Not everyone could be on United’s final Boeing 747 flight today, including me. But I’ve been watching the event unfold on social media while flying across the Pacific on a brand new wi-fi equipped Cathay Pacific A350 by following #UA747Farewell on Twitter, Facebook and Instagram. (Click on the links to see the stream).
— Robbi Hamida (@pilotual) November 7, 2017
It looks like a fun trip, which included toasts by United CEO Oscar Munoz and a cast of lucky passengers and flight attendants (mostly) dressed up in 70’s garb.
The trip got off to a rocky start with a maintenance delay (not unexpected for a plane destined for a desert retirement!), but then took off and made a dramatic exit right over the top of San Francisco, and then a low run over the Golden Gate Bridge before turning out over the Pacific for the final 2,500-mile flight to Honolulu. Check out the flight path here.
While I was unable to make this trip, our writer Nancy Branka is onboard and will have a full report on her experience later this week.
The flight included a special meal catered by Trader Vic’s…and plenty of mai-tais!
United says, “From a 1970s-inspired menu to retro uniforms for flight attendants to inflight entertainment befitting of that first flight, the ‘Queen of the Skies’ is being sent off in style. Seats for this flight sold out in less than 90 minutes when this farewell celebration was announced in September.”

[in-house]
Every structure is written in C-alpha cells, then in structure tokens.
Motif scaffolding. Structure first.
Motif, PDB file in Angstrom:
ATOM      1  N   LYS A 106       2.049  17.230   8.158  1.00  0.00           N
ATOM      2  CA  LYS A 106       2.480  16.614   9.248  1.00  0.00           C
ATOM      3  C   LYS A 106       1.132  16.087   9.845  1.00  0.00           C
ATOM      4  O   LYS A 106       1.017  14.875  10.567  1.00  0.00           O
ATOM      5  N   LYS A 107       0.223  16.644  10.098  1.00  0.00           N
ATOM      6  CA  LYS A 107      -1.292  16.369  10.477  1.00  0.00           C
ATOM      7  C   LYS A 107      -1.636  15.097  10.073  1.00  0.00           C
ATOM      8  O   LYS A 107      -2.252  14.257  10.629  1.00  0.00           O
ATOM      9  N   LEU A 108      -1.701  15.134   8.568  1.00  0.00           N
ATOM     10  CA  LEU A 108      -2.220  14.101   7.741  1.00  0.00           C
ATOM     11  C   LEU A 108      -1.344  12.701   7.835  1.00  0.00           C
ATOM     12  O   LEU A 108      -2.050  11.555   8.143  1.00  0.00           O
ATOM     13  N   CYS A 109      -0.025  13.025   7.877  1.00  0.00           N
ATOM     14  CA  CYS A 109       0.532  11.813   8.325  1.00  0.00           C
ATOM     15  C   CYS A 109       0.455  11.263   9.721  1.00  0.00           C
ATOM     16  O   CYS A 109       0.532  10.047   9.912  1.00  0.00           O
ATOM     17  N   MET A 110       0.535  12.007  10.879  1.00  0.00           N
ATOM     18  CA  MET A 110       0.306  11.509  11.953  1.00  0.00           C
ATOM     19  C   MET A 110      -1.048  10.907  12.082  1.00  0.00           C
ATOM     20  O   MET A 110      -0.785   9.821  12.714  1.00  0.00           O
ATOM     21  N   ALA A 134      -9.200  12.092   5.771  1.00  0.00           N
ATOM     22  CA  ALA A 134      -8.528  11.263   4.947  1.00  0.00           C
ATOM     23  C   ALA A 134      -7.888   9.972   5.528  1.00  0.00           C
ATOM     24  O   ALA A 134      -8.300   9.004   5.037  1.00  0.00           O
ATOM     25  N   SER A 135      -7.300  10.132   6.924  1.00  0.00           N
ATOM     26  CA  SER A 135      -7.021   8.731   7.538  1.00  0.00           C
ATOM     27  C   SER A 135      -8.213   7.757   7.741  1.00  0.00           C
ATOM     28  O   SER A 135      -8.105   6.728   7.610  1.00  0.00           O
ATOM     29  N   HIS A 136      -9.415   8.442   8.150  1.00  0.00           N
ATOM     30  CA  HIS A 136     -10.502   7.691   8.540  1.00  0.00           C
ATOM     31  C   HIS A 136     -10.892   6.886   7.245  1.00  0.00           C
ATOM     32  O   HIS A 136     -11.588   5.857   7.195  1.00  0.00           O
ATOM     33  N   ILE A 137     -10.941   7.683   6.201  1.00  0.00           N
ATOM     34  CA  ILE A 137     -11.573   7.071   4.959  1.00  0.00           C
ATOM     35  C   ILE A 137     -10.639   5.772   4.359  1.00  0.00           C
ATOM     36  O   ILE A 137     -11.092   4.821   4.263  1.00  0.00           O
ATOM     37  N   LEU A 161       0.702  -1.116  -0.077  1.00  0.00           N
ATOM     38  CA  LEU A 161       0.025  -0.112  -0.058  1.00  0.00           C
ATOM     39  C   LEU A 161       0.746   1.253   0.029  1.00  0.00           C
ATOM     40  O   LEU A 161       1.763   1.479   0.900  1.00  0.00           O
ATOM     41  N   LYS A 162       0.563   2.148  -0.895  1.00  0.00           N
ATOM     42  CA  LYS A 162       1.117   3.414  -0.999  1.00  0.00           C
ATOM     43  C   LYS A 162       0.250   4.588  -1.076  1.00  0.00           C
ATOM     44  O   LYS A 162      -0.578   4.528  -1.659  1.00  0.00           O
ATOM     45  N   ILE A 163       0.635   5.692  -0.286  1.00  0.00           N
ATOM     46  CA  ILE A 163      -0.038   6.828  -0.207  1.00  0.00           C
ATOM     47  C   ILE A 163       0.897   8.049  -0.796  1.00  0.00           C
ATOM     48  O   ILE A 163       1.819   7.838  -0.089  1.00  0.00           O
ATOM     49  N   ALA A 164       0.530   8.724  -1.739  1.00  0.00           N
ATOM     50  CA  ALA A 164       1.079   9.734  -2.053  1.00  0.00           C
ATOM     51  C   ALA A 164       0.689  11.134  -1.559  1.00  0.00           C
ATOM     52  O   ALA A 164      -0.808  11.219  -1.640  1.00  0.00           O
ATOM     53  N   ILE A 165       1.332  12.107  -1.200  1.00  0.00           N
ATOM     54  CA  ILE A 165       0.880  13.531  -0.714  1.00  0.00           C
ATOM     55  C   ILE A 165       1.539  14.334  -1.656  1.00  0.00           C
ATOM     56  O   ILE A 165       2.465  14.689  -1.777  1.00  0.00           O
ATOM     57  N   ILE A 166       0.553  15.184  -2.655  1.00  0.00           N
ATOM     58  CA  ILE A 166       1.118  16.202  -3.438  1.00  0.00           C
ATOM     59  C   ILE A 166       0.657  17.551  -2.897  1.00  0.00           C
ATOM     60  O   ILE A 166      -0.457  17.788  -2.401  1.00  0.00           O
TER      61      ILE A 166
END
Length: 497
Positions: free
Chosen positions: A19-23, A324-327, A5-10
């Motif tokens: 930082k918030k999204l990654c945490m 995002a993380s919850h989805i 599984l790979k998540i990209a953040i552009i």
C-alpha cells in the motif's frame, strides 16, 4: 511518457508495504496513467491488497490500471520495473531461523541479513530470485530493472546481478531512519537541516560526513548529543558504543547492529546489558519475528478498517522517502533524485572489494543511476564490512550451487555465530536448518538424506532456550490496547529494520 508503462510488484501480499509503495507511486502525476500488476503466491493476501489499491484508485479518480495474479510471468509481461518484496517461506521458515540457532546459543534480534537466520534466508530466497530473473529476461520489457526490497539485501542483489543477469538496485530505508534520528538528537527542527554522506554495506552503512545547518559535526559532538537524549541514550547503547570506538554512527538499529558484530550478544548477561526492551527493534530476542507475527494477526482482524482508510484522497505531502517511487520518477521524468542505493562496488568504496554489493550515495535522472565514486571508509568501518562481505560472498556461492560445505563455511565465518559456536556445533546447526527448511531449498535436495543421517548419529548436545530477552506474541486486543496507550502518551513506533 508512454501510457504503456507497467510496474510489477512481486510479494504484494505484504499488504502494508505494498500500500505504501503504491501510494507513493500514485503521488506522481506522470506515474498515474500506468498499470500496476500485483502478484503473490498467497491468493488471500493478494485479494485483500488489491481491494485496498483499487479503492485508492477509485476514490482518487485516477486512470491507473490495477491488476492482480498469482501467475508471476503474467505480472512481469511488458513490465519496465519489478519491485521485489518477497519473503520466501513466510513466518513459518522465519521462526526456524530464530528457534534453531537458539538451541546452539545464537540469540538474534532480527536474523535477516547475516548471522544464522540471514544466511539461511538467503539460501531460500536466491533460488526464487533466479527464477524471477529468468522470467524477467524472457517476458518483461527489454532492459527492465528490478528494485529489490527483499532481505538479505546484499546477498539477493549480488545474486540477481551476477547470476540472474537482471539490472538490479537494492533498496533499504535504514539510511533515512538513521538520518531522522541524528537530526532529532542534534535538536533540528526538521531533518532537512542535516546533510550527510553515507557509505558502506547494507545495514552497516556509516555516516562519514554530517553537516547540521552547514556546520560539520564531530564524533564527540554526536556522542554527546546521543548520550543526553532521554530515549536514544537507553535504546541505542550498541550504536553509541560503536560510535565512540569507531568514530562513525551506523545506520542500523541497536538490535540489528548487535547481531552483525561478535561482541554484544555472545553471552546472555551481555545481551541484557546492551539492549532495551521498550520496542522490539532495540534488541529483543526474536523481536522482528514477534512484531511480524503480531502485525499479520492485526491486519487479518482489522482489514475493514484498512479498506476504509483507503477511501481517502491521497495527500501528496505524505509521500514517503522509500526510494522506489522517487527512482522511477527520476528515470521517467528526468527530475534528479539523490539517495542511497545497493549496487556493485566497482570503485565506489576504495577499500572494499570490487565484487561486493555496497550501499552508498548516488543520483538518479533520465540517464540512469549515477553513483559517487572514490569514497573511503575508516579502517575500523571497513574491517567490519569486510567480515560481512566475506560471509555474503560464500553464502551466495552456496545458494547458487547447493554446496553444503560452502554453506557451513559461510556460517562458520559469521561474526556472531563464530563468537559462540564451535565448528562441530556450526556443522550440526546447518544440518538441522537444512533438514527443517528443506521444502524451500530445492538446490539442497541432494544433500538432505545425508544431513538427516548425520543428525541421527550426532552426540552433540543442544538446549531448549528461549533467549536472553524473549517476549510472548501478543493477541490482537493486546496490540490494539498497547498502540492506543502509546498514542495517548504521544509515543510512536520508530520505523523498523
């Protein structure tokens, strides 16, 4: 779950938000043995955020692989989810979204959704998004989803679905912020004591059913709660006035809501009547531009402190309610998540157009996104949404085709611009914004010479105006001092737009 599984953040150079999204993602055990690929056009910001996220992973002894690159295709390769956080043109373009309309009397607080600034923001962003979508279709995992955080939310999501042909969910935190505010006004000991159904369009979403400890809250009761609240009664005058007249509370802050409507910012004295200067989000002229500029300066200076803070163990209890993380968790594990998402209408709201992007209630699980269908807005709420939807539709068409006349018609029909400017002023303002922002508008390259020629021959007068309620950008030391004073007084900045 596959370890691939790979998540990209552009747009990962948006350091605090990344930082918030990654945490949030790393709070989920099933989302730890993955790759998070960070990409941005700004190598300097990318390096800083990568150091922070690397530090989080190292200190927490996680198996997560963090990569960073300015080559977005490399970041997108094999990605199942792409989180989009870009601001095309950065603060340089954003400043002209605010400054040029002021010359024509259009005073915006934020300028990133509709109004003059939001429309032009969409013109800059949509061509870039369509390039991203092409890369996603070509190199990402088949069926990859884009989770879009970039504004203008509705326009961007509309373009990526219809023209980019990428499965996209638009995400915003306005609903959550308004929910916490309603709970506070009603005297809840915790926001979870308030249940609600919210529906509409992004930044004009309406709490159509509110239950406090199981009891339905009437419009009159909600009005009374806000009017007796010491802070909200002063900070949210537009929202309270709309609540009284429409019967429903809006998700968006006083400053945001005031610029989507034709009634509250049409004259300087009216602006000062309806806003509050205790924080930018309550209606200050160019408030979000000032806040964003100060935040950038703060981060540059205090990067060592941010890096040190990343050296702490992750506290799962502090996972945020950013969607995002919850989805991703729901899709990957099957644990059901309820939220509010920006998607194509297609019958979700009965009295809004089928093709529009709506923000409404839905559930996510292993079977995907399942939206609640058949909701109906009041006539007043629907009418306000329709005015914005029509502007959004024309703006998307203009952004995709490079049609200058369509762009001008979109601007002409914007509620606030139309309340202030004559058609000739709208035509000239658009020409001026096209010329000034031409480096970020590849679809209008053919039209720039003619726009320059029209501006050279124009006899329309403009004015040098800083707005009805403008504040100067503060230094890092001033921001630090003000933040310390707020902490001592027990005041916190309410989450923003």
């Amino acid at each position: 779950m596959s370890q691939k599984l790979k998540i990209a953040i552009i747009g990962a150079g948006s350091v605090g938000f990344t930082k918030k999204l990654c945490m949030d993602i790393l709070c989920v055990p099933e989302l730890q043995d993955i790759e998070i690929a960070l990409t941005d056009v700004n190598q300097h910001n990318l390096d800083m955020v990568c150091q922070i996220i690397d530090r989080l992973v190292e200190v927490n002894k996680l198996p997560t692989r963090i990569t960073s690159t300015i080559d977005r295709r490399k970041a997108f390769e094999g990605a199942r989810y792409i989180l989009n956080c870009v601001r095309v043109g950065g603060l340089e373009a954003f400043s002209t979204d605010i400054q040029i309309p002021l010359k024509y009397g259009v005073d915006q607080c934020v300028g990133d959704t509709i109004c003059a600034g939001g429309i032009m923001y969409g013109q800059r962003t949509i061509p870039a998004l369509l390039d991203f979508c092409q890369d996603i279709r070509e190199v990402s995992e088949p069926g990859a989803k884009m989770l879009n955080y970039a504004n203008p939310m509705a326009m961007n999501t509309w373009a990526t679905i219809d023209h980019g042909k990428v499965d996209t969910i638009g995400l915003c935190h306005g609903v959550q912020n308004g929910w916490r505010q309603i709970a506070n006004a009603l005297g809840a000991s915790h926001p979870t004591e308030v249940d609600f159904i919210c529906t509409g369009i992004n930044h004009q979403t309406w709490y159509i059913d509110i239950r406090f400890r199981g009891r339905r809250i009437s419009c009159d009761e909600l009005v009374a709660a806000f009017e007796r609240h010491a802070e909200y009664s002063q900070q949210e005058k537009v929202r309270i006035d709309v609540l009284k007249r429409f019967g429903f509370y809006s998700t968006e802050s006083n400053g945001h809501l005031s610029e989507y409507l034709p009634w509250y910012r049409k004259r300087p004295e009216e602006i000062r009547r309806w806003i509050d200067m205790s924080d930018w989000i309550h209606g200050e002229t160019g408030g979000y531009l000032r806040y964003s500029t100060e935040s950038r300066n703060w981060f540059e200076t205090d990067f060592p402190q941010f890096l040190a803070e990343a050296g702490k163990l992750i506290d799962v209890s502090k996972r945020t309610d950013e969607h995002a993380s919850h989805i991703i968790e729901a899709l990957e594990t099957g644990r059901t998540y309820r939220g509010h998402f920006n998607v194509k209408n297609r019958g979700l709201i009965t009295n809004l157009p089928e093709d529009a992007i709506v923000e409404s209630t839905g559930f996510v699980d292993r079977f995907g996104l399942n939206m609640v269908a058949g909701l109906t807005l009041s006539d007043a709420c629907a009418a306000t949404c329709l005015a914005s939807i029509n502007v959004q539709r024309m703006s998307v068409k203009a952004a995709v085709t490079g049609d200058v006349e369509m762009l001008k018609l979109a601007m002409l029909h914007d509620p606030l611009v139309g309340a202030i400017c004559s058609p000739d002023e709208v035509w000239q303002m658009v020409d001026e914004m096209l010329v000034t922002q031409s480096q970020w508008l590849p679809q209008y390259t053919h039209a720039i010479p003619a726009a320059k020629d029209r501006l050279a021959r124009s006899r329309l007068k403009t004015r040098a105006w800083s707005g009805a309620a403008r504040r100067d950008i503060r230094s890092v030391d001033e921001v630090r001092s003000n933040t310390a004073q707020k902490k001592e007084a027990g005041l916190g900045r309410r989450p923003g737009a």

Delta will retire its Boeing 747s in December while other international carriers such as British Airways and Qantas (as well as many cargo carriers) will be flying them for many more years. Also, the newer Boeing 747-8 flown by Lufthansa, Korean Air and Air China should be around for decades.
There was also a very nice goodbye to the graceful Queen of the Skies on CBS This Morning on Sunday. Here’s the 5-minute clip in case you missed it.
What will you miss most about the Boeing 747? What do you think about the new generation of planes taking over long distance flying, such as the Boeing 777-300 or 787 Dreamliner…or the Airbus A350 and A380? Please leave your comments below.